Shipping Container for Utilities
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  1. #1
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    Default Shipping Container for Utilities

    Looking to move out of Portland for what are obvious reasons, and combining my house and shop onto a single piece of property.

    What I was thinking of doing was installing the compressor and tumbler (i.e. loud/annoying pieces of equipment) in a connex box behind the main shop. Primarily, this is for noise and to keep from having to dedicate main shop space to these functions. Also a little storage for bulky shop/general tools I don't use often. I can get a refurb 1-trip 20' dropped anywhere for about $1800. I would need to build a footing for it and run power to it (220v) plus return the air lines to the main shop, and a little insulation.

    So, dumb idea or solid idea? Any showstoppers I'm not seeing?

  2. #2
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    They look ugly so if there are no property restrictions an you can live with ugly for the sake of utility, they are a good idea. Good place to keep flammables also if the distance is correct.

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    Super solid idea! Not dumb at all.

    Couple things to keep in mind. Depending on what climate you plan to locate to.
    In the heat (like here in AZ) they are pretty much an oven in the summer. Ventilation is real important. I forgot I had a pile of shrink wrap stored in a box of electrical stuff in mine a while back. Operative word being "had".
    Any place humid with big temp swings? Or cold outside, warm inside (compressor and phase-converter running inside while its snowing?) They can sweat real bad.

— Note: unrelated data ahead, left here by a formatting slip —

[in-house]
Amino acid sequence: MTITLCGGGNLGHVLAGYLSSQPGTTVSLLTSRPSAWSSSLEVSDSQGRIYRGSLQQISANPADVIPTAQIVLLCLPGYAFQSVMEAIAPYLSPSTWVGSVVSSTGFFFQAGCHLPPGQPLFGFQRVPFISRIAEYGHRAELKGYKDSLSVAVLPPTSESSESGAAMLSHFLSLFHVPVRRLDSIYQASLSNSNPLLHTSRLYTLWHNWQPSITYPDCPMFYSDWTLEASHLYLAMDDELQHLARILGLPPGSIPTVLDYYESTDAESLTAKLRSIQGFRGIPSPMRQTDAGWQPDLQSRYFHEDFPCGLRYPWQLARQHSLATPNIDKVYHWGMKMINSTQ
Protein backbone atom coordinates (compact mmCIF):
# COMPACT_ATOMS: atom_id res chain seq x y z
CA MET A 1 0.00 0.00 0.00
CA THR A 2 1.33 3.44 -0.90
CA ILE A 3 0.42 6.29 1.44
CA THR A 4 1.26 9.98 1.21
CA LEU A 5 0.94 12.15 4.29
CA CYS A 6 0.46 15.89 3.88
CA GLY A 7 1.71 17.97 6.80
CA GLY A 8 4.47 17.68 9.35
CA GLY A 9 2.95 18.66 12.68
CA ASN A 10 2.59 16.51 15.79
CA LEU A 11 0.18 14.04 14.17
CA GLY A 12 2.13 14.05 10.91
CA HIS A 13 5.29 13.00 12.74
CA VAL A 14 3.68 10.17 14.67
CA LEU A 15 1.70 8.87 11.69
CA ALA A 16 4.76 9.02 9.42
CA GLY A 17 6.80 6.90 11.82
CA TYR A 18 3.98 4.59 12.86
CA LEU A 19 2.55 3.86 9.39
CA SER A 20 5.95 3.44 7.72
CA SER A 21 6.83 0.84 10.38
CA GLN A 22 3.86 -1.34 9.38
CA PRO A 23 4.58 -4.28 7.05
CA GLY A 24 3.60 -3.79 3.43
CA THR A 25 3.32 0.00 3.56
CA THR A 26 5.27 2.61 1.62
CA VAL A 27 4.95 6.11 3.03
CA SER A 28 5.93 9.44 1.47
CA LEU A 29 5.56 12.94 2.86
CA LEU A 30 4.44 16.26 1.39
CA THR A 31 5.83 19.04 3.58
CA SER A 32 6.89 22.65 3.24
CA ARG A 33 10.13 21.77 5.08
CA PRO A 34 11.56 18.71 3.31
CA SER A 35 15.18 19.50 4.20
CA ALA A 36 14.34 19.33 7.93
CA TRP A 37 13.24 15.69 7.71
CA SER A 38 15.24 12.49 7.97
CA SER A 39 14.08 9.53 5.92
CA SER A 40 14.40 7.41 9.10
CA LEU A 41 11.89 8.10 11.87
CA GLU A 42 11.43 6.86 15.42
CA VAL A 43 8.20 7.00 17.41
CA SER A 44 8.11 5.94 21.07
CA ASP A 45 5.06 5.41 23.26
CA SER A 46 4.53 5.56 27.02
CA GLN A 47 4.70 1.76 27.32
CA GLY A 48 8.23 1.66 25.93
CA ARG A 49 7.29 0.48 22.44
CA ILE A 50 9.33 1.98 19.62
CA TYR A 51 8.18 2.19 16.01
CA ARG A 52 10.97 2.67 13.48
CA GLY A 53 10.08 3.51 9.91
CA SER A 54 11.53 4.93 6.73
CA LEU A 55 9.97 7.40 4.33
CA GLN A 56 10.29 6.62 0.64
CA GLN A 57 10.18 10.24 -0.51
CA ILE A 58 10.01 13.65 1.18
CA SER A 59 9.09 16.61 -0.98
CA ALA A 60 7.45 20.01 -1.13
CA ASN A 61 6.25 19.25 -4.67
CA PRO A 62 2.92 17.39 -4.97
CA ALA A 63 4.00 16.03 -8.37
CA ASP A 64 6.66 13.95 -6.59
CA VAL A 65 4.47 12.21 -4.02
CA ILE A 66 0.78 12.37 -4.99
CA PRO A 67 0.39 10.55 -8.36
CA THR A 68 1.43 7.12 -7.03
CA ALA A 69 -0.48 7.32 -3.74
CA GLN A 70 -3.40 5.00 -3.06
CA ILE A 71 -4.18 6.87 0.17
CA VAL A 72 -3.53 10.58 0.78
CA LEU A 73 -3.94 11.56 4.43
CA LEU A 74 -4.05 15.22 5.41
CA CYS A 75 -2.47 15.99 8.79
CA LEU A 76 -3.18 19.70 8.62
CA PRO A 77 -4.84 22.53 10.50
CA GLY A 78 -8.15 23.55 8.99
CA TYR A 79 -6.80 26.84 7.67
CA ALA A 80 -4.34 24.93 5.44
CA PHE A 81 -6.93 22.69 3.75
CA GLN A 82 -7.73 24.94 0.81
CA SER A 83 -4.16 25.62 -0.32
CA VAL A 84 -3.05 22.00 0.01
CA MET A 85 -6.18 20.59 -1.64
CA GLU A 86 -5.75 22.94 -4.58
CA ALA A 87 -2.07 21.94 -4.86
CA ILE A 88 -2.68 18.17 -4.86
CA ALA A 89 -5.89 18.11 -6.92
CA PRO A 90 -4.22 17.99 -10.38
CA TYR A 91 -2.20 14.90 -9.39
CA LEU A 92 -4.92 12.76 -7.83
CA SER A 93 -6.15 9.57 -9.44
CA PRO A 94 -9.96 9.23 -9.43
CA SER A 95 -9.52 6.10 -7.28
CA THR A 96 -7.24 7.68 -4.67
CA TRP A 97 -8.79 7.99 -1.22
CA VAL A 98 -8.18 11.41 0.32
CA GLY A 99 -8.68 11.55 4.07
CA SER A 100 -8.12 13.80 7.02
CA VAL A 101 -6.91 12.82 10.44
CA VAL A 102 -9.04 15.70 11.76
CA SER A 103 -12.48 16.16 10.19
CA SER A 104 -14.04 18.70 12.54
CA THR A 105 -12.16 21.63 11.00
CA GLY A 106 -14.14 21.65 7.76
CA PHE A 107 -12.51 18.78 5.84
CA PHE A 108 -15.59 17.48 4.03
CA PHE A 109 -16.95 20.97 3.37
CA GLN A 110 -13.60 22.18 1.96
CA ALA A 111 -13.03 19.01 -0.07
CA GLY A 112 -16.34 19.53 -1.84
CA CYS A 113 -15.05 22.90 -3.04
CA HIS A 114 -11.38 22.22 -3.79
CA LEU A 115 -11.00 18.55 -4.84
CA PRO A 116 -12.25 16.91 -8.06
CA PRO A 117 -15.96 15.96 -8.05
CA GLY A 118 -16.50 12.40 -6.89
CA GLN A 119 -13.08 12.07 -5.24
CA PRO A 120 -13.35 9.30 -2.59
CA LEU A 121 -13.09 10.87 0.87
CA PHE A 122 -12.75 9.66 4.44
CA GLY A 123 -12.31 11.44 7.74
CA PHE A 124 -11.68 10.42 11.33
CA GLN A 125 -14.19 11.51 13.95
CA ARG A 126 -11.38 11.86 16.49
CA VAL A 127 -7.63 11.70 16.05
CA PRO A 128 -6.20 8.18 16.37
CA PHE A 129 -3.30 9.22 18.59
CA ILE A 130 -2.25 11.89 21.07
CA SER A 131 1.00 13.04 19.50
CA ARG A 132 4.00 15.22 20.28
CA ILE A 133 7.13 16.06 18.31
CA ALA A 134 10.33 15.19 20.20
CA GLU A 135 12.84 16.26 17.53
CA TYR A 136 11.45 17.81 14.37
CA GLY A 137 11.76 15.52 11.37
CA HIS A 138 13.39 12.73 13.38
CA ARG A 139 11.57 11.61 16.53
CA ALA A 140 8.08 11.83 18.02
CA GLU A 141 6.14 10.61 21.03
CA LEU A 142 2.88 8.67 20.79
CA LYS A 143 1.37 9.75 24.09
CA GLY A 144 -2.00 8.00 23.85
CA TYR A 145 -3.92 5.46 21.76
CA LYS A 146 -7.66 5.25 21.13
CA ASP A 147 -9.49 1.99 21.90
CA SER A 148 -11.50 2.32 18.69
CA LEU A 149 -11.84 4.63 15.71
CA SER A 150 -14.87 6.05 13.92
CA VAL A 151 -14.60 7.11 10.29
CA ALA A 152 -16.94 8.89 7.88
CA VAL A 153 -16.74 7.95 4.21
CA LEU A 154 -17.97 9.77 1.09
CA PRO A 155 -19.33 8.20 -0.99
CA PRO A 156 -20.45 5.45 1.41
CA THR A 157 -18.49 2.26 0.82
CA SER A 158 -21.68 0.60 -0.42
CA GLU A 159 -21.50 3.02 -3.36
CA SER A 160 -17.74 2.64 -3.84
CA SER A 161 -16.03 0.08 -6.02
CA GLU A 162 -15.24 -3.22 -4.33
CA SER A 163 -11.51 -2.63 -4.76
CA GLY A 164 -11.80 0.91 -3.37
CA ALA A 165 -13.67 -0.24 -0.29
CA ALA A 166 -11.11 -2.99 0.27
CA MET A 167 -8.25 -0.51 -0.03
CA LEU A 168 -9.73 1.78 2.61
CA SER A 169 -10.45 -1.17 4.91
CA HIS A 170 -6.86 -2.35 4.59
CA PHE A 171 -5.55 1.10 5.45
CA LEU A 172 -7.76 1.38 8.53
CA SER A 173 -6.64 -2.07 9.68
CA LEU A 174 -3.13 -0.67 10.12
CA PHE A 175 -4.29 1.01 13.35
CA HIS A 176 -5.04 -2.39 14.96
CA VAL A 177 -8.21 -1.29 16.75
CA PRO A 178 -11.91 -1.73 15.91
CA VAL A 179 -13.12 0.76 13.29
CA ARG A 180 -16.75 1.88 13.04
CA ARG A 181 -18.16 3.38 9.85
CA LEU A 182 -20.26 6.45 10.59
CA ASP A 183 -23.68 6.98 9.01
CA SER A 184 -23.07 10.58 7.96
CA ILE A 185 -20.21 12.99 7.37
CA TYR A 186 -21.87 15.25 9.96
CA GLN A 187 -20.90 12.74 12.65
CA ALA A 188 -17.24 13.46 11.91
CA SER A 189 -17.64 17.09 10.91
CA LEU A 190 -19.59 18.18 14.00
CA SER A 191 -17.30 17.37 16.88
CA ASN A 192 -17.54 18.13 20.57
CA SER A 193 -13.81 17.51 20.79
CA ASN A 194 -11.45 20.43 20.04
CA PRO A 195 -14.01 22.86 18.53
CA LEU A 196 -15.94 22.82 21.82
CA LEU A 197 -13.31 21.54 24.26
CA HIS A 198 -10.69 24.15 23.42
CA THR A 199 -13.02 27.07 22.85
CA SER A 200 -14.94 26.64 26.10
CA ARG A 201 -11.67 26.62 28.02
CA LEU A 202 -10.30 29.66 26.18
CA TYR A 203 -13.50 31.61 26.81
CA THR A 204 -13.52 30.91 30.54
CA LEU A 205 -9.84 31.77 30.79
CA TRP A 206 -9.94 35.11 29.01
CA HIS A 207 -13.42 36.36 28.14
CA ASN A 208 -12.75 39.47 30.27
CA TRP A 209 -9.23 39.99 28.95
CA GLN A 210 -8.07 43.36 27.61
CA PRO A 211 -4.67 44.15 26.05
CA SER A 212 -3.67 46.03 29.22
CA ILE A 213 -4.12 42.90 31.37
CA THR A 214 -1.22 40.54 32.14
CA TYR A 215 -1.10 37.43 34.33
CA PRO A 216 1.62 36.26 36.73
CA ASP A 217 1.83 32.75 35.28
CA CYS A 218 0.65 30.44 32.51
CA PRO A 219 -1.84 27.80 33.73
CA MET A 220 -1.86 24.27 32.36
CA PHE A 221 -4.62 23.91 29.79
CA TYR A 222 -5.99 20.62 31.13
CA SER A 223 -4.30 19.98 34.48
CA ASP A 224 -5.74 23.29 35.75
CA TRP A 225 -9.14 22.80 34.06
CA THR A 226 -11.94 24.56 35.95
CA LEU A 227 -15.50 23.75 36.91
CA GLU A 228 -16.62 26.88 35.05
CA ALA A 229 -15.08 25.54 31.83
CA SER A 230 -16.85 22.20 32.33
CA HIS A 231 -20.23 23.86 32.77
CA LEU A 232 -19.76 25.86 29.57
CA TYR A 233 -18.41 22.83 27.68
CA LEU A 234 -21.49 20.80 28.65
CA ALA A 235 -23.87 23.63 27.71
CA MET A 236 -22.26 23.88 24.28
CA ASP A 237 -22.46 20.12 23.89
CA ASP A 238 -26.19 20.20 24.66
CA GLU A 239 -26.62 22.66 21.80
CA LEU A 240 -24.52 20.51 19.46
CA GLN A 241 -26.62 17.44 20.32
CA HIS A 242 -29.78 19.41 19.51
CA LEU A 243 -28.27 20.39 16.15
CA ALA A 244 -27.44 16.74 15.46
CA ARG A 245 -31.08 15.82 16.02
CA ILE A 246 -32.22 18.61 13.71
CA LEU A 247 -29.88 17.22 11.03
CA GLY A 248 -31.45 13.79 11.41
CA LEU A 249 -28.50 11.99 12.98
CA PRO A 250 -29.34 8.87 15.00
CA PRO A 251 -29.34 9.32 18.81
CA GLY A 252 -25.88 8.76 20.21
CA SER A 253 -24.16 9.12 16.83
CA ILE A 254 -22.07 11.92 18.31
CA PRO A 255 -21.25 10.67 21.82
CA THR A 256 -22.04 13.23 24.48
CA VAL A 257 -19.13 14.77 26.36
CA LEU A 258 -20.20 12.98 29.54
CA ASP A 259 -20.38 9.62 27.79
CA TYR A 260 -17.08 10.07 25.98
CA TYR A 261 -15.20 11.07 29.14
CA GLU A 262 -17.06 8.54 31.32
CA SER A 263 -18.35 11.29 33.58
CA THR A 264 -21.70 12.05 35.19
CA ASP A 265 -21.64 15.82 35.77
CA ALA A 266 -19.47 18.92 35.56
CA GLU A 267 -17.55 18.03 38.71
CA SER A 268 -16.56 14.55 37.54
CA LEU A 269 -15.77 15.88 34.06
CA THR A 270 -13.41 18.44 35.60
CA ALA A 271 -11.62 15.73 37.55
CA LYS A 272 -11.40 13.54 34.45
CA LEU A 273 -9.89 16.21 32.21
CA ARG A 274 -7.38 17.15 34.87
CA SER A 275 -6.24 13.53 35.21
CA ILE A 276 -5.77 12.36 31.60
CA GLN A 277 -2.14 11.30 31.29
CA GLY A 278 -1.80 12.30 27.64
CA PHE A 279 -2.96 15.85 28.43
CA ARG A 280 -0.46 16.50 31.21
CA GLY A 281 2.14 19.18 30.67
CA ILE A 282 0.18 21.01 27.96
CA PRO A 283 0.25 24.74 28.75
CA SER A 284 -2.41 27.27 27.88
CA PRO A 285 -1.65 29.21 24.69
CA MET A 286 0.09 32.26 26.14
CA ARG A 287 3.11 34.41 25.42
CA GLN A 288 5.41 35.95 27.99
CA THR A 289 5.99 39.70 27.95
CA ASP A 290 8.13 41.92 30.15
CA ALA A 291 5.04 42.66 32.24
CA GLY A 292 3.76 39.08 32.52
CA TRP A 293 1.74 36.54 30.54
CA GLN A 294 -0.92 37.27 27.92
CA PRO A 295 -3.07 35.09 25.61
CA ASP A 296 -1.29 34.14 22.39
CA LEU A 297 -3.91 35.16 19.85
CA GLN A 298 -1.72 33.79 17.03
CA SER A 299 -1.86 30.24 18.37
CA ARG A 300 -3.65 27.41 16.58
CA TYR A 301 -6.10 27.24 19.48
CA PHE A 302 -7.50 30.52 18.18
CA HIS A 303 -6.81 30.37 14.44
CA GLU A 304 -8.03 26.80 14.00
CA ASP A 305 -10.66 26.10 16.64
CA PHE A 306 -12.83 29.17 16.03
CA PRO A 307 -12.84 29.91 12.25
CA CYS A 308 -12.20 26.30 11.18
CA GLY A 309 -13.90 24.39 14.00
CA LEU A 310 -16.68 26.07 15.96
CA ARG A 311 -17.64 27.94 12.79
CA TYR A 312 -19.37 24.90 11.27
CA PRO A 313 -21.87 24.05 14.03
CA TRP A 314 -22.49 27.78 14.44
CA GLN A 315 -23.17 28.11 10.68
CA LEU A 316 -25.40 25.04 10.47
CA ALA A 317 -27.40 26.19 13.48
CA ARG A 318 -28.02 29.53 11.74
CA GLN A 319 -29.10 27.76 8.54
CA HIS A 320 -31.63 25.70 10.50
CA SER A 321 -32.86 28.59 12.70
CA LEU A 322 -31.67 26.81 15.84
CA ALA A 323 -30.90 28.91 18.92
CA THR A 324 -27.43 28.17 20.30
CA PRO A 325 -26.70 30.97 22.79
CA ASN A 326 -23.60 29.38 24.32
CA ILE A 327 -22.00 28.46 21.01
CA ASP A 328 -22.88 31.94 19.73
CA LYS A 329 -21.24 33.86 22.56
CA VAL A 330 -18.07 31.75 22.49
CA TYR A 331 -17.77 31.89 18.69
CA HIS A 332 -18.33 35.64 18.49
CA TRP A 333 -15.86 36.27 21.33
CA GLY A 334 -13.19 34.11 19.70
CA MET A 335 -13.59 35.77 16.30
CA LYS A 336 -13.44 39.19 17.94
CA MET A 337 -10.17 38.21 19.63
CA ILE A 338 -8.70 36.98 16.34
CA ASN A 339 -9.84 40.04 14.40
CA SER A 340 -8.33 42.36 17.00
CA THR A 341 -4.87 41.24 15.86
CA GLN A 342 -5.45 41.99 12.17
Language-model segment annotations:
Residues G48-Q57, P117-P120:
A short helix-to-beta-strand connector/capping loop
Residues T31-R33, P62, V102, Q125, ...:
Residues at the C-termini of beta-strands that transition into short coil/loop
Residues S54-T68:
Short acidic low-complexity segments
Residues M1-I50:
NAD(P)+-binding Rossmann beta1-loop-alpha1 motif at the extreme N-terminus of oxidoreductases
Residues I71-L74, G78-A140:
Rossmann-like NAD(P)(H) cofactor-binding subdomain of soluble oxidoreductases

But, generally, there is a reason they are so popular. They are kick ass!

    If you have a welder, they are super easy to build from, and make a killer foundation/structure as well. Mine is going to get attacked with the welder pretty soon, LOL.

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    Where are you finding crates for 1800?

    Sent from my SM-G955U using Tapatalk

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    I'd like a one tripper for $1800 delivered. Where'd you find that deal?

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    They make them insulated, come with ss interior walls, worth the extra money in your case I would think.

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    If you do get humidity in the box, add a dehumidifier with an external drain.

    Money well spent in keeping things dry inside, but they do add a bit of heat.

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    Quote Originally Posted by kustomizer View Post
    The make them insulated, come with ss interior walls, worth the extra money in your case I would think.

    Second that. I have 2 that are insulated. Amazing how they don't get too hot or cold.